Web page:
Lenders in private equity and real estate are wheeling and dealing again, driven by competition to offer borrower-friendly loans with loose lending standards, few lender protections and contract clauses that can help hide portfolio company underperformance, industry executives say.
Foreign investors, banks and credit managers have capital to lend. Worldwide, private credit managers alone have a record amount of unspent capital commitments at their disposal — a combined $251 billion of dry powder as of June 30. In the heat of competition, lenders of all stripes are accepting fewer protections against losing money on loan defaults and allowing companies to delay revelations of trouble.
"Banks and non-banks are under pressure to write business," said Joseph R. D'Angelo, partner in the New York office of Carl Marks Advisory Group LLC, an investment bank that provides operational and financial advisory services.
That's not to say lenders have forgotten the pain they and their investors experienced in the global financial crisis, company executives say.
"There are definitely lessons learned," said Donald Sheehan, Boston-based managing director at Carl Marks. "How long do you retain those lessons before you do what is driven by the market? You have to put your money on the street (lend)."
Looser lending is occurring at a time when investors are leaning on credit strategies to be a less risky version of income-producing real assets and return-enhancing private equity. A downturn could not only slash performance of the ever-widening spectrum of private credit strategies, but also could lead to nasty surprises in investors' private equity portfolios.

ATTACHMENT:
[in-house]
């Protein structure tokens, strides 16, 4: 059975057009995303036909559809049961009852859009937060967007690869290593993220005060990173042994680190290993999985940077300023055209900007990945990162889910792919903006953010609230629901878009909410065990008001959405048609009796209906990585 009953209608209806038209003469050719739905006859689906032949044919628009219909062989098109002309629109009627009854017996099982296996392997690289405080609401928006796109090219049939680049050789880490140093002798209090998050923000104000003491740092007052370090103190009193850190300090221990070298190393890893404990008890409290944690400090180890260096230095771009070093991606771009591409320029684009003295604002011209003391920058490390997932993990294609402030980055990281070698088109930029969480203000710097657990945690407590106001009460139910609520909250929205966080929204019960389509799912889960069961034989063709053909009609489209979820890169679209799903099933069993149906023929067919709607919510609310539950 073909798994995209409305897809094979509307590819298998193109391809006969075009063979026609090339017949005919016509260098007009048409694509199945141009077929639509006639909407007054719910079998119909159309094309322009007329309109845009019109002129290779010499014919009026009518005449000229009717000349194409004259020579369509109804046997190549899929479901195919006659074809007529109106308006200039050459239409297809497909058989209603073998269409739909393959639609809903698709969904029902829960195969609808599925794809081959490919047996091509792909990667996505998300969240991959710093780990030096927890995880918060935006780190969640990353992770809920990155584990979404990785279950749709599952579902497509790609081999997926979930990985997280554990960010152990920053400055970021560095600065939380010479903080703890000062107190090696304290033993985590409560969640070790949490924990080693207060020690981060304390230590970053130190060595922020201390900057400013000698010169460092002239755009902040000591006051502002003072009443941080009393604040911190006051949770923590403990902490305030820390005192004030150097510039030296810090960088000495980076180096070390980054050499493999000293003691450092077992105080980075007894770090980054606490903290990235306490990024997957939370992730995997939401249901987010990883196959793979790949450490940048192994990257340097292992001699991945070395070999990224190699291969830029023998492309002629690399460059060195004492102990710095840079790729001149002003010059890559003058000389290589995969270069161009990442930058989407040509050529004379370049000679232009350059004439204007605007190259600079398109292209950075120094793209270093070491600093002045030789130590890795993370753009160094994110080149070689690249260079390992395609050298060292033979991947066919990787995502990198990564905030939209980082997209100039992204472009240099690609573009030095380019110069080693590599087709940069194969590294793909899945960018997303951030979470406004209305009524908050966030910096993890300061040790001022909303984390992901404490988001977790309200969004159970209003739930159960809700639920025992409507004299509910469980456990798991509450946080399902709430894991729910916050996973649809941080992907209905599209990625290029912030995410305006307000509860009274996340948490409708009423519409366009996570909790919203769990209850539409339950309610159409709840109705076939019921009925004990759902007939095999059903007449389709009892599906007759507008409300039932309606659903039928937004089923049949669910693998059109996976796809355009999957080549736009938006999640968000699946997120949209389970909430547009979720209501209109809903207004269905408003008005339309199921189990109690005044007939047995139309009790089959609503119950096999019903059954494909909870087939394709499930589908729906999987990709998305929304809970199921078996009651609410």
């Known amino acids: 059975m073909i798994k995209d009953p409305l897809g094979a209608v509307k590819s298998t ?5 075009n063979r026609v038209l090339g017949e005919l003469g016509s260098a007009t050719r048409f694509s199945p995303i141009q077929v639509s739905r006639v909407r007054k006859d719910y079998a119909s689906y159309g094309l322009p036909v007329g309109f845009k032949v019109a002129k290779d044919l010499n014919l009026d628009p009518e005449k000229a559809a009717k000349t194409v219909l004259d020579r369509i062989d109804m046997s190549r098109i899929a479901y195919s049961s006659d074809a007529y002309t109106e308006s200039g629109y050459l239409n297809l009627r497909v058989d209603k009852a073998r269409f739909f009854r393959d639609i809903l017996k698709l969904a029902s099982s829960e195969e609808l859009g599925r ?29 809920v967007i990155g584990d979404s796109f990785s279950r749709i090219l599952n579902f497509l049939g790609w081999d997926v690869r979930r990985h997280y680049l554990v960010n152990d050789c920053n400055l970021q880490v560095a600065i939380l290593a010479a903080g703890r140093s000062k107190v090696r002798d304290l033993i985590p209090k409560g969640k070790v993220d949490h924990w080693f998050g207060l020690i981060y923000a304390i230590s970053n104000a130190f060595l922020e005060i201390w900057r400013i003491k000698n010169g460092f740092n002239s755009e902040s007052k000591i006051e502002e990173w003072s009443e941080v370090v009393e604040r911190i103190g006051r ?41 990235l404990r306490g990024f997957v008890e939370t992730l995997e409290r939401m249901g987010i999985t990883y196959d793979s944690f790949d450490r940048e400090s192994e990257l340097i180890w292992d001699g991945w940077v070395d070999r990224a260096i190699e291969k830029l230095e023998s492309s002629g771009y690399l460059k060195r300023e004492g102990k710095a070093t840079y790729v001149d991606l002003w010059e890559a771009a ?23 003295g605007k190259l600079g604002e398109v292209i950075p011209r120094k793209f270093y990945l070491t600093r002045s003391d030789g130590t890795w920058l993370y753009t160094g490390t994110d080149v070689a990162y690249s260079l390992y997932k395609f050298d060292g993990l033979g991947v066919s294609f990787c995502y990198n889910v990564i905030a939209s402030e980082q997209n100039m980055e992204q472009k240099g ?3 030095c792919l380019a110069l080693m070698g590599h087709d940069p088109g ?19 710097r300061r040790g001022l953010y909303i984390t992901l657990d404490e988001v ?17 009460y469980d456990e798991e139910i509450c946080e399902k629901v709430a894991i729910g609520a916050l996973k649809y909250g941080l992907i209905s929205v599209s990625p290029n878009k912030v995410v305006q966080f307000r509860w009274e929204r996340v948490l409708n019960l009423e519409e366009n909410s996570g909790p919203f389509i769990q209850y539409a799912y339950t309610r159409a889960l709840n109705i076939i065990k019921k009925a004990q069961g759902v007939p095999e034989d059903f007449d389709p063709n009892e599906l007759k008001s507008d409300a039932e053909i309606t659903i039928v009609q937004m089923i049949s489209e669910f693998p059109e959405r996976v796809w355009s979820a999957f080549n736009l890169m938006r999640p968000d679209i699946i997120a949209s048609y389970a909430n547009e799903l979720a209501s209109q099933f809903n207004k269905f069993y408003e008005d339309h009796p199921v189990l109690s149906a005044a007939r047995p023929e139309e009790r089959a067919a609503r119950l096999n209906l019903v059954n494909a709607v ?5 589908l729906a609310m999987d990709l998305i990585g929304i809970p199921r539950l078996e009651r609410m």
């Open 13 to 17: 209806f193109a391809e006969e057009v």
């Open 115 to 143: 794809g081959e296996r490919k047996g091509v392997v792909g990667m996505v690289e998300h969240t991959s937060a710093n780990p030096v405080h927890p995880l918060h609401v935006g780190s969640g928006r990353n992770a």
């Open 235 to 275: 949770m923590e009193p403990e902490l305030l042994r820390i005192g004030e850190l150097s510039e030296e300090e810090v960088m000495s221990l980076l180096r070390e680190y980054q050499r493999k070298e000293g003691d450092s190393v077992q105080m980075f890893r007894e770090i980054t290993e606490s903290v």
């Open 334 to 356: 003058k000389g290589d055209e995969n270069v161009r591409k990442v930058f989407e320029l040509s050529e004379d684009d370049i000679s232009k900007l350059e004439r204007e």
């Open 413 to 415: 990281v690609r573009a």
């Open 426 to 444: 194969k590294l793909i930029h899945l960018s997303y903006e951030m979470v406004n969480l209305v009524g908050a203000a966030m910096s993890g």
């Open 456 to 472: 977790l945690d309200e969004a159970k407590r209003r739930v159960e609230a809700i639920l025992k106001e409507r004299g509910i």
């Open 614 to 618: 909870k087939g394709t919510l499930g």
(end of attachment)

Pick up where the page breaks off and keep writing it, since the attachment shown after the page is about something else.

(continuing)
"Covenants are important because they serve as an early warning system for lenders to identify possible problems," said David Fann, New York-based president and CEO of private equity consulting firm TorreyCove Capital Partners LLC. "They also give lenders certain rights to take actions to protect the (portfolio company) value and repayment of their loans."
Loosening of lending standards is driven by competition to lend, especially for private equity-backed deals, Mr. Fann said.
"Some of the interest coverage covenants and liquidity tests seem to have been negotiated away as (private equity firms) play multiple prospective lenders against each other," he said.
Capital is not only coming from non-bank, private credit lenders but also from banks that recently have started to get back into lending and are competing with direct lenders and foreign investors.